As kids head back to school, Bark Busters, the world's largest dog training company, offers suggestions to help families avoid behavior problems with their dogs that often accompany this time of transition. By providing training and the right combination of food, shelter and entertainment, families can help their canine companions adapt to the new school schedule.
"When kids go back to school, the stress on every member of the family member can be enormous - including the family dog," said Liam Crowe, Bark Busters president/COO and a master dog behavioral therapist. "This abrupt change in routine can seriously affect our canine companions, who are creatures of habit. But with a little understanding and preparation before kids head back to school, families can avoid many of the back-to-school behavior problems their dogs might exhibit."
Bark Busters notes the following main areas of concern and suggests tips for families to consider:
With no kids to play with during the day and parents at work, dogs left alone can become stressed - which often results in destructive behaviors and endless barking. Following these tips can help reduce the initial stress of separation and help return dogs to normal in a few weeks.
- Start early: At least a week before the kids go back to school, start getting your dog used to being alone. Begin by separating your dog from the kids and the rest of the family. For example, if you frequently take your dog with you to the store or elsewhere, leave him at home.
- Ignore him: Dogs can be the center of attention when kids are home. You need to change this scenario before they return to school so that your family dog can adjust more quickly. Do this by ignoring your dog for increasing amounts of time about a week before school and extending the amount during the days that follow.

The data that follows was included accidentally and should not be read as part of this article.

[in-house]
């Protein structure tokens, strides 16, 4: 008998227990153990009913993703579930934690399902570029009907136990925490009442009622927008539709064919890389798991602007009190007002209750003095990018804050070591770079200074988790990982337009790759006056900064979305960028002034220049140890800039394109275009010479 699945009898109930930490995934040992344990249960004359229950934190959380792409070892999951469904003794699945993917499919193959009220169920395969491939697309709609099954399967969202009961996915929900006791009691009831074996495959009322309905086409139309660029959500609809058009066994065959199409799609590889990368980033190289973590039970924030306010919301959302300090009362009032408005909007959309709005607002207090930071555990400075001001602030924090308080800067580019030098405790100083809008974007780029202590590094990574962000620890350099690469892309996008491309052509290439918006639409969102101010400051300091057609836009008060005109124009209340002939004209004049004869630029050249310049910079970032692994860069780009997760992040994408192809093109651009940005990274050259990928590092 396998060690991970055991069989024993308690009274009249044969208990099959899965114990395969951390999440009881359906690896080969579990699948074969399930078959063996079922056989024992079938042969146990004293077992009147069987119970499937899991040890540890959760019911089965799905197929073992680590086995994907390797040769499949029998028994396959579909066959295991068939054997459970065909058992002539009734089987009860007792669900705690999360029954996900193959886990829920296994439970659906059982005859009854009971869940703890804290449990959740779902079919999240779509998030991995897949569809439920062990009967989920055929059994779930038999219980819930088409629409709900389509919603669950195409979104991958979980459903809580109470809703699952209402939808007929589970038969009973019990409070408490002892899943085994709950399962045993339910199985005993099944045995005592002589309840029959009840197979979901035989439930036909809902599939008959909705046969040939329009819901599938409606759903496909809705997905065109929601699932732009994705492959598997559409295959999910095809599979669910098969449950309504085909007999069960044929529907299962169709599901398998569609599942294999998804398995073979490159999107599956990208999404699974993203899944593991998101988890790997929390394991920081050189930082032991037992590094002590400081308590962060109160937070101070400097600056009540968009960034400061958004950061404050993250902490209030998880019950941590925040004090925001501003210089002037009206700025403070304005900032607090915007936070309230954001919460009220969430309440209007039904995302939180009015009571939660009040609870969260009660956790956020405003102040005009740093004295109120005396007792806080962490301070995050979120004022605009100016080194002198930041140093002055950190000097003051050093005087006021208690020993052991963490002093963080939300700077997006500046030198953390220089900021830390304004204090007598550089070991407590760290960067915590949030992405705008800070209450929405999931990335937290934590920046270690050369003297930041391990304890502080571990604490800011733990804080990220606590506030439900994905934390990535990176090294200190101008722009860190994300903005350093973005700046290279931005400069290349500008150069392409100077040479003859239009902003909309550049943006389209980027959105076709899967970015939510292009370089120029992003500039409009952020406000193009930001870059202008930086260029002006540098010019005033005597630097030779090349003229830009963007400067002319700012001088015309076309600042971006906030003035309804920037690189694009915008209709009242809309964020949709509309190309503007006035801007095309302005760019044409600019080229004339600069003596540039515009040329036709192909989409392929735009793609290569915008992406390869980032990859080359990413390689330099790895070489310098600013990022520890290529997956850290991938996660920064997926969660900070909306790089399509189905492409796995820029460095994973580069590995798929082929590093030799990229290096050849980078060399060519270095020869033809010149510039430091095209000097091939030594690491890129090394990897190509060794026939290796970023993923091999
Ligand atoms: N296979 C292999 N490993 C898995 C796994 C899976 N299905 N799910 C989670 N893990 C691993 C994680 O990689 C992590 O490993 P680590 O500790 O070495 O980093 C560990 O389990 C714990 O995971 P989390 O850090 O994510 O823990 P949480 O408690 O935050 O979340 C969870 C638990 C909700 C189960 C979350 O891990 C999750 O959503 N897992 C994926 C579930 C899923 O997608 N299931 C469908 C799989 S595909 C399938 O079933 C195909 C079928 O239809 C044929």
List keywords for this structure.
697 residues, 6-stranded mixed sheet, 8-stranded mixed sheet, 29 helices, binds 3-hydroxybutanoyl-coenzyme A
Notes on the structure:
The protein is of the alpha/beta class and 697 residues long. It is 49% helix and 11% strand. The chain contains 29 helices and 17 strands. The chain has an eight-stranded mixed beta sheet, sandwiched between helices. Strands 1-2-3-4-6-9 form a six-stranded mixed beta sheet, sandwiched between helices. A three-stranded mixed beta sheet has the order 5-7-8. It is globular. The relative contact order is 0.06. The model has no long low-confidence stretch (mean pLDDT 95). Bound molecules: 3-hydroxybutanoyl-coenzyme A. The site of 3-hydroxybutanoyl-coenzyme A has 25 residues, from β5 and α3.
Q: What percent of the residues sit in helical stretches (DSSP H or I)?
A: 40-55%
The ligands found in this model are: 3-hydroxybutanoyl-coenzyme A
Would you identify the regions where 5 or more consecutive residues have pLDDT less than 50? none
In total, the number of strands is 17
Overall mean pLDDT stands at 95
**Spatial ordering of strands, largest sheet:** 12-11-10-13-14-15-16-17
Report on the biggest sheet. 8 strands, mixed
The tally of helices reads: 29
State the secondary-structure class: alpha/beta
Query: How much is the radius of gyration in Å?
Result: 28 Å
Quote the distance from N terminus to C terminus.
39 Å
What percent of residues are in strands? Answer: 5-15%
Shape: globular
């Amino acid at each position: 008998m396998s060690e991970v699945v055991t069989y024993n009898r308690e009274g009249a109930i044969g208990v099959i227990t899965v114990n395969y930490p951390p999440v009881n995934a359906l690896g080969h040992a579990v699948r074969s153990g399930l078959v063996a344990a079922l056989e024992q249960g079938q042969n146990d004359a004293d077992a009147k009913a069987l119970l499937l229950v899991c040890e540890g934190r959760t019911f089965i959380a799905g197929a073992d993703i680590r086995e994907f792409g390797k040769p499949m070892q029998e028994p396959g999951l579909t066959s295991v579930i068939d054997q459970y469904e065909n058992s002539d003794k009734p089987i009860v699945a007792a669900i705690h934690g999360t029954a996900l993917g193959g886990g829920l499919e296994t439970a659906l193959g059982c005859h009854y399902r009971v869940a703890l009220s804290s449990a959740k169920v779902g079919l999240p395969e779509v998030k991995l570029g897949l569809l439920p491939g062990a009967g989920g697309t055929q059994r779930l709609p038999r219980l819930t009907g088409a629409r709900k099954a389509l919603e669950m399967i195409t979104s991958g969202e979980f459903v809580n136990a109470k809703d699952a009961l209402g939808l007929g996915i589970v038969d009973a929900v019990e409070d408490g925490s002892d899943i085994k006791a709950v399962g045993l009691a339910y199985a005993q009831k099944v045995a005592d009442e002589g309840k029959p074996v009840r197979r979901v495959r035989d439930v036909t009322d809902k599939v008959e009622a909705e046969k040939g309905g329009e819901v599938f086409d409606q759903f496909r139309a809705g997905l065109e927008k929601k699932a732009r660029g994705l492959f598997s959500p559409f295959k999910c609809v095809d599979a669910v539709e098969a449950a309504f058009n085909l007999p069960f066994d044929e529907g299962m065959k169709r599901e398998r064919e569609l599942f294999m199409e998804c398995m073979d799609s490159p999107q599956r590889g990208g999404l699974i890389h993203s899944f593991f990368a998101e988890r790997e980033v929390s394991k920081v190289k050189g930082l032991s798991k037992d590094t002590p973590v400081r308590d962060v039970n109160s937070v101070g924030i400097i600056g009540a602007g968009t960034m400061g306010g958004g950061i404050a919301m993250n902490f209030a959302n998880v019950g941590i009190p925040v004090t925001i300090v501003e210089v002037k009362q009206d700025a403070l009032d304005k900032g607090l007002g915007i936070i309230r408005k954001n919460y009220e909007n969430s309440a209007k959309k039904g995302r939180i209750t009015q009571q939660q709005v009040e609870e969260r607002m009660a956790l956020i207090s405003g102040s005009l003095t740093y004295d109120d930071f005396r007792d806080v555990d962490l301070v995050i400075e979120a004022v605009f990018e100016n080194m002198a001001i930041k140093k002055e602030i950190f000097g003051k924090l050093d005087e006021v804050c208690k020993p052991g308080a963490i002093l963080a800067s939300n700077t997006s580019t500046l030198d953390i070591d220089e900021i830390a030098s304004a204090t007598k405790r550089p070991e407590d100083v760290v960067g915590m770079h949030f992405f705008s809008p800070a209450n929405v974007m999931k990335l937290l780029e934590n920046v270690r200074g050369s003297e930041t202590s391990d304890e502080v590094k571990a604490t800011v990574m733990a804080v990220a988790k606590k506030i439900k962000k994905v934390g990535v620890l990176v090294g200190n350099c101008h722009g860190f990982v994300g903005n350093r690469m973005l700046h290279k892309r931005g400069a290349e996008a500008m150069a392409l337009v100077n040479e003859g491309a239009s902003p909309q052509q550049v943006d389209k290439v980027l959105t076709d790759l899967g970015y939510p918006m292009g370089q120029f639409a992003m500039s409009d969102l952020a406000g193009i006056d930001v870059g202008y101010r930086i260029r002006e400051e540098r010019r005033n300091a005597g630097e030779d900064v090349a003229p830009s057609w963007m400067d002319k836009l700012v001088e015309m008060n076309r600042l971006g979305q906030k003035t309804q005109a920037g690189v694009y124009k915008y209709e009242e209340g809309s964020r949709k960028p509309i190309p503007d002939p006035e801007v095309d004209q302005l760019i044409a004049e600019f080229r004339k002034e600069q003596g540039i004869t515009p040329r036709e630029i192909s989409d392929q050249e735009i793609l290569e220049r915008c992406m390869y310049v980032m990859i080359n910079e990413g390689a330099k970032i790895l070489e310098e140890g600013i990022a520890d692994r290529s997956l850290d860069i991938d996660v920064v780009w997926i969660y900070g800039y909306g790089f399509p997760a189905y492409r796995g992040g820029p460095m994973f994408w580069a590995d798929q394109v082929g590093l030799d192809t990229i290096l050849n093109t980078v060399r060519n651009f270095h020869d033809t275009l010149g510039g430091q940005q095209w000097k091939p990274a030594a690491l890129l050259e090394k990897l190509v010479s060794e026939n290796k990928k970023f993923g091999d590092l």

- When you leave: As you and the family leave your home, don't pamper your dog by saying in a sweet voice something like, "Don't worry - we'll be home soon. Be a good boy." Dogs are pack animals, and as such they expect their leaders to be strong when they leave the pack. It is best to totally ignore your dog for about 10 minutes before you leave, and as you leave the house, simply make a low "growl" with your voice. While this might sound peculiar, your dog will actually be relaxed by your voice. In the wild, the pack leader growls when she leaves the pack to indicate she will return soon and not to misbehave.
Dogs sleep a great deal during the day. But when they wake up, they want something to do. It doesn't take much to entertain a dog - even when you're not at home.
- Scatter food: Dogs are natural foragers who love to look for food on the ground - and will literally spend hours doing so. Before you and your kids leave the house, distribute dry food (or other treats your dog likes) over a wide area in your backyard. You might even try hiding some treats so your dog spends time looking for them. Also consider scattering vegetables, such as baby carrots. And be sure to provide lots of fresh, clean water to keep your dog well hydrated.